The only question involved in this case is, whether the plaintiff by such long and uninterrupted use of his windows, and the light passing through them, has thereby acquired the right so to continue his windows and thus to have the light pass through them, so that any act of the defendant which shall materially obstruct such light will make him a wrongdoer, and liable for any damage to the defendant that may ensue therefrom.
The rule seems now, to be well settled in England, that such long and uninterrupted use of light gives the right to continue its use, and to insist upon its remaining unobstructed by the adjoining proprietor for all time. The courts place this upon the same ground as rights of way, and other rights acquired in and over the premises of another by long and undisturbed use; presuming from the long exercise of the privilege by the one, and an acquiescence therein by the other, that the right had its origin in a grant.
While the general doctrine has been universally adopted in this country, its application to cases of this kind has not been generally recognized, and in many of the States has been expressly denied.
Our statute of limitations cannot be brought in aid of the plaintiff's claim. The statute in terms only deprives the aggrieved party of the right of action after the limited period from the time the cause of action accrues, and although our courts have held that the exercise of the right by one party, and an acquiescence therein by the other, for such period, vests in the party so exercising it an absolute right, still in determining the question whether such right has in fact become an absolute one, the time that the one has so exercised it is to be computed from the period when a cause of action therefor first accrued to the other, which he has omitted to enforce; so that no right can be lost or acquired by virtue of the statute where there has been no act done by the one for which the law gives a remedy by action to the other; and it is conceded in the case that the defendant had no right of action against the plaintiff for any act of his in erecting his building and opening and continuing his windows on the side adjoining to and overlooking the defendant's premises.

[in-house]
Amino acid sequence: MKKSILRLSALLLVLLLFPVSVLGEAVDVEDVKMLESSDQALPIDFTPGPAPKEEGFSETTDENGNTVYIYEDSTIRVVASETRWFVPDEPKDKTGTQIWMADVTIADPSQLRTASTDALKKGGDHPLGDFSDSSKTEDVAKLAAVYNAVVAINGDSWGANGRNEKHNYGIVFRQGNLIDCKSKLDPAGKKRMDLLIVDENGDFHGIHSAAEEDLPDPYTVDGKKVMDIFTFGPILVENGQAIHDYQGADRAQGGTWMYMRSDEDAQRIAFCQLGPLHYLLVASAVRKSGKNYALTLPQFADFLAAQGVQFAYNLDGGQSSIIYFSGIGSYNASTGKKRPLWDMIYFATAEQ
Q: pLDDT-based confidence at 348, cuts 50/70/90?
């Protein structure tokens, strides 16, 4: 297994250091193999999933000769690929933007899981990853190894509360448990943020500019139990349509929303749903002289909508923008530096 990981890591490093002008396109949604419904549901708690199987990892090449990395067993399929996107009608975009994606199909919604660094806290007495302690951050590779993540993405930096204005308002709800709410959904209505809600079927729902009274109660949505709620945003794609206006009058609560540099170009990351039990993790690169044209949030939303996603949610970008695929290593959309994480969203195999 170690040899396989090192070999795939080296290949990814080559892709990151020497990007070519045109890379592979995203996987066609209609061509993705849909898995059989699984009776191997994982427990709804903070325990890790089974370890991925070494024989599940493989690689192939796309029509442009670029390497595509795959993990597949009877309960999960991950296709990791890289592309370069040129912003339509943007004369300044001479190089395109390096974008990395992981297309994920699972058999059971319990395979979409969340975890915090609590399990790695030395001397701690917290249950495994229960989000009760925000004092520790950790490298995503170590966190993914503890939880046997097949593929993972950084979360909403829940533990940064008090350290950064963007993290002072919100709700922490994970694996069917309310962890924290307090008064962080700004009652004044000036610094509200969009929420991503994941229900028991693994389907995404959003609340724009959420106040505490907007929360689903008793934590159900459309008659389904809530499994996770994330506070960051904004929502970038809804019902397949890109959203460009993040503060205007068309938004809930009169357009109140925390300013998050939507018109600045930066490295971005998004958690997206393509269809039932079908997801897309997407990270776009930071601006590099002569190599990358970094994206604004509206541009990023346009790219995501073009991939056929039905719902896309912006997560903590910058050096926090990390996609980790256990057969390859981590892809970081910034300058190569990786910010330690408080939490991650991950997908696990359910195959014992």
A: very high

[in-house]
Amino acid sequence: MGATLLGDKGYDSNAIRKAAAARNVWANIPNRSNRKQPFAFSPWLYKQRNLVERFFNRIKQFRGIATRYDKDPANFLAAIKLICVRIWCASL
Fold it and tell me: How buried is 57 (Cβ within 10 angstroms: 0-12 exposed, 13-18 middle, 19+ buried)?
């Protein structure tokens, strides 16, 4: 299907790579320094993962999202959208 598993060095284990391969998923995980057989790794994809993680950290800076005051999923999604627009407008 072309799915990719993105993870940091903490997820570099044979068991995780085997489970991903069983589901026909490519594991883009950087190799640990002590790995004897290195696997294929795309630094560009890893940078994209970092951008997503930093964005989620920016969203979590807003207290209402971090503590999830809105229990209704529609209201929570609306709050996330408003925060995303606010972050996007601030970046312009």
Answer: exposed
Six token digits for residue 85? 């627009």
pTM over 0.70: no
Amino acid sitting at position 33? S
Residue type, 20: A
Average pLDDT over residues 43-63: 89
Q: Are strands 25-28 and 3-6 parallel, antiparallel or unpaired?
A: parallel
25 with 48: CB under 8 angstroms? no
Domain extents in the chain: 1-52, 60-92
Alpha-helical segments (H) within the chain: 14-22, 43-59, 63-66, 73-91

This reason would seem to imply with equal force against the plaintiff's right to recover on the ground that a grant will be presumed from lapse of time to sustain his claim.
The principle upon which a grant is presumed is, that in no other way can the acts of the parties be rationally accounted for. Such presumption is required to account for the exercise of the right by the one, and the acquiescence therein by the other, for so long a period.
The right must be exercised adversely or under a claim of a right so to exercise it by the one, and it must be acquiesced in by the other.
This of itself presupposes that the exercise of the right by the one, without a grant, is a violation of some right of the other; otherwise it could not be adverse, within the meaning of the rule; neither could the other acquiesce, for that presupposes a legal right to object and resist.